US 'enemy combatant' may be freed

The Bush administration is negotiating the release of Yasir Isam Hamdi, a US citizen accused of being a Taliban fighter who has been held in the United States since 2001.

    A court ruling expanded the legal rights of 'enemy combatants'

    Born in Louisiana and raised in Saudi Arabia, Hamdi shot into prominence after his case prompted the US Supreme Court to rule recently that Americans held as "enemy combatants" must be allowed to contest their detentions.

    According to court papers filed before a Virginia judge on Wednesday, government attorneys and Hamdi's attorneys "have been engaged in negotiations" that would allow Hamdi's release from custody.

    Detained since his capture in Afghanistan two years ago, Hamdi would be sent back to Saudi Arabia when released, a Justice Department official said.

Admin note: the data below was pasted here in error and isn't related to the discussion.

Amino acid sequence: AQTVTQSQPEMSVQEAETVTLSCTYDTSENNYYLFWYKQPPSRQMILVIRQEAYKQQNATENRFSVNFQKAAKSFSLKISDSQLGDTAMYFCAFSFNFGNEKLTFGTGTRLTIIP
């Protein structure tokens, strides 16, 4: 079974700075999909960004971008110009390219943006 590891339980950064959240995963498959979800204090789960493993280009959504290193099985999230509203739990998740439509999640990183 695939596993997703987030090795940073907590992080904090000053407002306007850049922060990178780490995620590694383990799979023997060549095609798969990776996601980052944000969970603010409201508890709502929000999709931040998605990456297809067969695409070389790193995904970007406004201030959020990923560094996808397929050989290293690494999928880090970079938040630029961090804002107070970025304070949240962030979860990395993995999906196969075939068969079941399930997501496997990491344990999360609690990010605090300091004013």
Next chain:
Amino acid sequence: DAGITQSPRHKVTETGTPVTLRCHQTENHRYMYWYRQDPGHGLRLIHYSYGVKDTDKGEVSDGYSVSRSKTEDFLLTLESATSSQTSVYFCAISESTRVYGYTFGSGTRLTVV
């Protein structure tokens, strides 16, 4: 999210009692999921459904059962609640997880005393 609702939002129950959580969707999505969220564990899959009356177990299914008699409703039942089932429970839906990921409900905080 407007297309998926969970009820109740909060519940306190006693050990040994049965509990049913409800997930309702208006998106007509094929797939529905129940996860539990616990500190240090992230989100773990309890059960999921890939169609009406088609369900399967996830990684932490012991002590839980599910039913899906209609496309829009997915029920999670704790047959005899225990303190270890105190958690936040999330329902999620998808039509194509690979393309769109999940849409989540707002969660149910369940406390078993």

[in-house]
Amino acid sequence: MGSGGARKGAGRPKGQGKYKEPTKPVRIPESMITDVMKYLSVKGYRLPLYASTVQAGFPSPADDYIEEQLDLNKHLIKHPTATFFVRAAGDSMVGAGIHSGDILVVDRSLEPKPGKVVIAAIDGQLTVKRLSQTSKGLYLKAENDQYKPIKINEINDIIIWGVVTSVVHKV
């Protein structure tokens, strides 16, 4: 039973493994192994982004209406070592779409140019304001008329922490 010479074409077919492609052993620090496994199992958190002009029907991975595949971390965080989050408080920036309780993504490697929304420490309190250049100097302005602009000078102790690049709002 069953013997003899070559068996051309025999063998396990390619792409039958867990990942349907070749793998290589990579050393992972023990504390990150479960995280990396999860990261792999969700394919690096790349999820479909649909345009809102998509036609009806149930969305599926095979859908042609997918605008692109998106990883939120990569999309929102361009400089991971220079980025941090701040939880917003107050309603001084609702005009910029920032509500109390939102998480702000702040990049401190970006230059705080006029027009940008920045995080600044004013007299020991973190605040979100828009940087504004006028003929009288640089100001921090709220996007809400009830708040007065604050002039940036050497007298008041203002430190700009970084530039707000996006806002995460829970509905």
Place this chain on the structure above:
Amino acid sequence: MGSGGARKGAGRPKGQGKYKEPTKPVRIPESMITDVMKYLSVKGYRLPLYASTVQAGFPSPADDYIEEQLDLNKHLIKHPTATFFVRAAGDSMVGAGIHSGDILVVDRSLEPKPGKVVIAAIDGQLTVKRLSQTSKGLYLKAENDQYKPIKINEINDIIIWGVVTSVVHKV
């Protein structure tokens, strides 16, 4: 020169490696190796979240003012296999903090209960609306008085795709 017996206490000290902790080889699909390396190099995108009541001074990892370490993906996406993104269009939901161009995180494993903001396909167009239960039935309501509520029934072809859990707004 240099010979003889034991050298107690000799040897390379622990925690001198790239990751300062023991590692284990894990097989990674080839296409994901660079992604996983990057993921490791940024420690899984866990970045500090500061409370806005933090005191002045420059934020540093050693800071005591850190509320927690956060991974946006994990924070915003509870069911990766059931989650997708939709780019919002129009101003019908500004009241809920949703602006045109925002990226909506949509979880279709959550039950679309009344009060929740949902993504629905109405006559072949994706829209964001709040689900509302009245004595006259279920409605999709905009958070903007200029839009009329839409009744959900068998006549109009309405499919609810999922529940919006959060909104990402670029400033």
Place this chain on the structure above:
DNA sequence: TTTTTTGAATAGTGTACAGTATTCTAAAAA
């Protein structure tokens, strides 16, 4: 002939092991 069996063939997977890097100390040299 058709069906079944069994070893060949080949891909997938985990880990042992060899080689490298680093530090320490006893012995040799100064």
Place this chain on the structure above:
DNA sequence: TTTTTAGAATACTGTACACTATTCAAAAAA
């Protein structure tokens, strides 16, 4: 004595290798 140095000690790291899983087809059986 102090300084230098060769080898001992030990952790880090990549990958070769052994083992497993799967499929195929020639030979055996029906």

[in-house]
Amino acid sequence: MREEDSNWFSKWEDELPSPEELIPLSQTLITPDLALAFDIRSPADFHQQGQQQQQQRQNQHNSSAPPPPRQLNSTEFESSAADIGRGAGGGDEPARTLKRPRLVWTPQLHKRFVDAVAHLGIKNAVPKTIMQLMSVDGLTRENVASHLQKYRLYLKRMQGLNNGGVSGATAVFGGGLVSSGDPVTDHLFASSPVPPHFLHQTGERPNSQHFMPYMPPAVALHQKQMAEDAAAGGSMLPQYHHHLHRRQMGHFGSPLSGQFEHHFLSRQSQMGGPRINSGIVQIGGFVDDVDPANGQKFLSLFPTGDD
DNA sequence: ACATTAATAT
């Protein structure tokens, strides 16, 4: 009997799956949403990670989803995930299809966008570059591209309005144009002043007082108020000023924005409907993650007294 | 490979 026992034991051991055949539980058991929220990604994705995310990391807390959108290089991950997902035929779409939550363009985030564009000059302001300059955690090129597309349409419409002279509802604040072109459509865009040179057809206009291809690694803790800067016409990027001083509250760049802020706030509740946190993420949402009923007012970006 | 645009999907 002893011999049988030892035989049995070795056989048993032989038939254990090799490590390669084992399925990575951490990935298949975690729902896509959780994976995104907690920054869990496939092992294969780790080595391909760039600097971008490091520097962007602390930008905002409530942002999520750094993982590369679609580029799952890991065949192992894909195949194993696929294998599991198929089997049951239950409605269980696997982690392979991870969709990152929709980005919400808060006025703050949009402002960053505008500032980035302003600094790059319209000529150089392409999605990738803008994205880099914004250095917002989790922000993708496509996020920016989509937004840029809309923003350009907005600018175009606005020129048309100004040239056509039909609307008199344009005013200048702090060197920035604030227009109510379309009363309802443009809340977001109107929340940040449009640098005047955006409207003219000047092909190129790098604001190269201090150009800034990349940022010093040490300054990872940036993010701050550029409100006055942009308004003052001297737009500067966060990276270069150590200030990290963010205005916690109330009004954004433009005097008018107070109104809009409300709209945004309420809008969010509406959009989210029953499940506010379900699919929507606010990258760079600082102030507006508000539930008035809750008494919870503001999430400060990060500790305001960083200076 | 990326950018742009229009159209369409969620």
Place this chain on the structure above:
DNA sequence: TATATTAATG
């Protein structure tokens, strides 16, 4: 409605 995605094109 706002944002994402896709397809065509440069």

Officials said Hamdi after release would have to agree not to fight against the United States or assist those who would.

    Court ruling

    The Supreme Court on 28 June ruled that Hamdi should get a fair opportunity to rebut the government's reason for detaining him.

    In the ruling, six of the nine Supreme Court justices found that US citizens held in the United States as enemy combatants have the right to be represented by attorneys and the right to challenge their indefinite detention.

    Two justices went even further and said US citizens held in the United States as enemy combatants must either be charged with a crime and tried, or released.

    Suspected of fighting on the side of the Taliban, Hamdi was at first taken to the US military base at Guantanamo Bay in Cuba, but was later moved to a US military jail when officials discovered he had been born in Louisiana.

    SOURCE: Agencies


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